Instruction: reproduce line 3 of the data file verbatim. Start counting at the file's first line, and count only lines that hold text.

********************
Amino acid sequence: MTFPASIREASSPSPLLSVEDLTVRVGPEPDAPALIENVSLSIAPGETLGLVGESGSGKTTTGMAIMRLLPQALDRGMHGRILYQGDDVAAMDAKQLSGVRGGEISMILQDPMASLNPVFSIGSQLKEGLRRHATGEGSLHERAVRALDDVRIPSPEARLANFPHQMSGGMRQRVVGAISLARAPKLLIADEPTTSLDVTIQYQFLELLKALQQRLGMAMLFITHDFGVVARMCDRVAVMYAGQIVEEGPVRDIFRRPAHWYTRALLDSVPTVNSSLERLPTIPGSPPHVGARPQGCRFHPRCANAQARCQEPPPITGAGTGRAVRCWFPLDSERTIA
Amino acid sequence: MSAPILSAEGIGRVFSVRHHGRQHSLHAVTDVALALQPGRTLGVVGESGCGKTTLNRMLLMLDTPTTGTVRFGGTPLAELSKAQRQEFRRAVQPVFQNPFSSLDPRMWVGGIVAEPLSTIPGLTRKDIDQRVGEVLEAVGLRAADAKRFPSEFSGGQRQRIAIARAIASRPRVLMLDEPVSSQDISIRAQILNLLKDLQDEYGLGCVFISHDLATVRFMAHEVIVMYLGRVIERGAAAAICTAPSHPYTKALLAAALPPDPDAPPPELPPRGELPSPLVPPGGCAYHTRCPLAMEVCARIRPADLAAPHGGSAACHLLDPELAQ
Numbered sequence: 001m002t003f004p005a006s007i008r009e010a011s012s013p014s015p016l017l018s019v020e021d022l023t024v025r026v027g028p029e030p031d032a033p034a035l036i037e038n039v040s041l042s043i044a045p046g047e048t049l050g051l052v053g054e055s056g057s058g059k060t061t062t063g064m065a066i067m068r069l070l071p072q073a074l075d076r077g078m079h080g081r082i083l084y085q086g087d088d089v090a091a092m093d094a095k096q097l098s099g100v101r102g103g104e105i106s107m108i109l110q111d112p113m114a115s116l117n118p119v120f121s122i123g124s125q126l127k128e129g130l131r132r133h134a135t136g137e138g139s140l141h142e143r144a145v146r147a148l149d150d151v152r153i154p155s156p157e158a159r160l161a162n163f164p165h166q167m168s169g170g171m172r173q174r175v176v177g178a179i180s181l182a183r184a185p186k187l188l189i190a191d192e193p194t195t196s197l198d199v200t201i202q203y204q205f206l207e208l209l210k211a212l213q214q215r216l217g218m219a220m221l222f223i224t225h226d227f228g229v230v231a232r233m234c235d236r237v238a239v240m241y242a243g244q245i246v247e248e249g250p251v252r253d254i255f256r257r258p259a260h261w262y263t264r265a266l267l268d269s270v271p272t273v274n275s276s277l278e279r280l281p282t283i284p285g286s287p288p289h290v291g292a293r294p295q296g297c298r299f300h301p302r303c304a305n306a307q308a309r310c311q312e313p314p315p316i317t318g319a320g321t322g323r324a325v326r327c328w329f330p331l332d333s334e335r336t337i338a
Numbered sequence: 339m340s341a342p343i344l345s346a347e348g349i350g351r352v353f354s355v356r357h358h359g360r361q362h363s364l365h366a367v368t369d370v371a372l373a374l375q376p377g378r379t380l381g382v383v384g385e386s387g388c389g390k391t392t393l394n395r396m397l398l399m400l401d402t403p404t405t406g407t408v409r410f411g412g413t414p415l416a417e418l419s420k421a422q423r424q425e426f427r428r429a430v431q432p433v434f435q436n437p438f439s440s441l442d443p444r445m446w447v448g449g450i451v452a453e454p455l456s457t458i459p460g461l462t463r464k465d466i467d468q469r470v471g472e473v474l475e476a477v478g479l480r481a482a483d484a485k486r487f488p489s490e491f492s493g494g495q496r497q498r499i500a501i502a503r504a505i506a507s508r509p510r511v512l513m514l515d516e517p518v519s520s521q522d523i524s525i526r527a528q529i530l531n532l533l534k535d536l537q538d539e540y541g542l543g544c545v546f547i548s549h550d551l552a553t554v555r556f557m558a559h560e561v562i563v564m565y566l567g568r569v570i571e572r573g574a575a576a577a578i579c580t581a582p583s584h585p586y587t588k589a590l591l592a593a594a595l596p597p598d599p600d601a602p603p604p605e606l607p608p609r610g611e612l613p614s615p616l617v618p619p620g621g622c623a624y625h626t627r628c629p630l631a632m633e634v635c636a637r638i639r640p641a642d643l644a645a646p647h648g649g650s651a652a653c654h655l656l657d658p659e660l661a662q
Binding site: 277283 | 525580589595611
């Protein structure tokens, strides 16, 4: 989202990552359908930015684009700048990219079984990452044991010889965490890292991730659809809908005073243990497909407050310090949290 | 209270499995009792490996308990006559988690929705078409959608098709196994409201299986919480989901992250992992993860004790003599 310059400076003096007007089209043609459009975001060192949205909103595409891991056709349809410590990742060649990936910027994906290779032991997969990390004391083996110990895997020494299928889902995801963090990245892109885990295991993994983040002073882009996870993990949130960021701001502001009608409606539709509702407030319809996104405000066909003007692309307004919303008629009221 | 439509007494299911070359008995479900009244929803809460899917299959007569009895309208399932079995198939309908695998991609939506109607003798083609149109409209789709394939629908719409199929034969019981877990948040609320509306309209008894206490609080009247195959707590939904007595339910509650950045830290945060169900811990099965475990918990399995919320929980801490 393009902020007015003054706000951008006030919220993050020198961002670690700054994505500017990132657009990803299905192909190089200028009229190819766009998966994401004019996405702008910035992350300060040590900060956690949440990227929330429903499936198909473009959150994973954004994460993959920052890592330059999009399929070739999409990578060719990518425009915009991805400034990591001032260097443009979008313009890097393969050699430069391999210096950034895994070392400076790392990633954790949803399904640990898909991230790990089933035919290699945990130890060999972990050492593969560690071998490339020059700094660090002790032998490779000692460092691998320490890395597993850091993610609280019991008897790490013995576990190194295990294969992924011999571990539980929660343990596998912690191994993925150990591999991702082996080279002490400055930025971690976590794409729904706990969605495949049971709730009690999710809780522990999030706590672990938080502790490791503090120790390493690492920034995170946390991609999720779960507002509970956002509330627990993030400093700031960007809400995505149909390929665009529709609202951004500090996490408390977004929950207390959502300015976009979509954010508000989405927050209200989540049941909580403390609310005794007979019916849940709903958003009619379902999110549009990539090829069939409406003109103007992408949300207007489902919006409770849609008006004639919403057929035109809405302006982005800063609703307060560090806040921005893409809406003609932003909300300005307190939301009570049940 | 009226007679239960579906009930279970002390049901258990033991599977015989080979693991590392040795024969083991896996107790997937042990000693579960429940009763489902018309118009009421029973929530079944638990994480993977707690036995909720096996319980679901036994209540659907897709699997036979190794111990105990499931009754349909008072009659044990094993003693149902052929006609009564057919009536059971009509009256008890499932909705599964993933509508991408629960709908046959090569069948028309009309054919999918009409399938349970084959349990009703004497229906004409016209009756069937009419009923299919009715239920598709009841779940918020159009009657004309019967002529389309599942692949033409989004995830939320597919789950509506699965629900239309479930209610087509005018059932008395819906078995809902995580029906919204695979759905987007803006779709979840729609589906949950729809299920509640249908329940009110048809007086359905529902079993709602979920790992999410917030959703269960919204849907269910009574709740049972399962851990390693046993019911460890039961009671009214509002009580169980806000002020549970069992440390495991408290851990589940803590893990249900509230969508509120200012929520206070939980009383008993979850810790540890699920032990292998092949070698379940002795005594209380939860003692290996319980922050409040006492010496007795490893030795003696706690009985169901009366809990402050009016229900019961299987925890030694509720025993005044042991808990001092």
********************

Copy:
Numbered sequence: 001m002t003f004p005a006s007i008r009e010a011s012s013p014s015p016l017l018s019v020e021d022l023t024v025r026v027g028p029e030p031d032a033p034a035l036i037e038n039v040s041l042s043i044a045p046g047e048t049l050g051l052v053g054e055s056g057s058g059k060t061t062t063g064m065a066i067m068r069l070l071p072q073a074l075d076r077g078m079h080g081r082i083l084y085q086g087d088d089v090a091a092m093d094a095k096q097l098s099g100v101r102g103g104e105i106s107m108i109l110q111d112p113m114a115s116l117n118p119v120f121s122i123g124s125q126l127k128e129g130l131r132r133h134a135t136g137e138g139s140l141h142e143r144a145v146r147a148l149d150d151v152r153i154p155s156p157e158a159r160l161a162n163f164p165h166q167m168s169g170g171m172r173q174r175v176v177g178a179i180s181l182a183r184a185p186k187l188l189i190a191d192e193p194t195t196s197l198d199v200t201i202q203y204q205f206l207e208l209l210k211a212l213q214q215r216l217g218m219a220m221l222f223i224t225h226d227f228g229v230v231a232r233m234c235d236r237v238a239v240m241y242a243g244q245i246v247e248e249g250p251v252r253d254i255f256r257r258p259a260h261w262y263t264r265a266l267l268d269s270v271p272t273v274n275s276s277l278e279r280l281p282t283i284p285g286s287p288p289h290v291g292a293r294p295q296g297c298r299f300h301p302r303c304a305n306a307q308a309r310c311q312e313p314p315p316i317t318g319a320g321t322g323r324a325v326r327c328w329f330p331l332d333s334e335r336t337i338a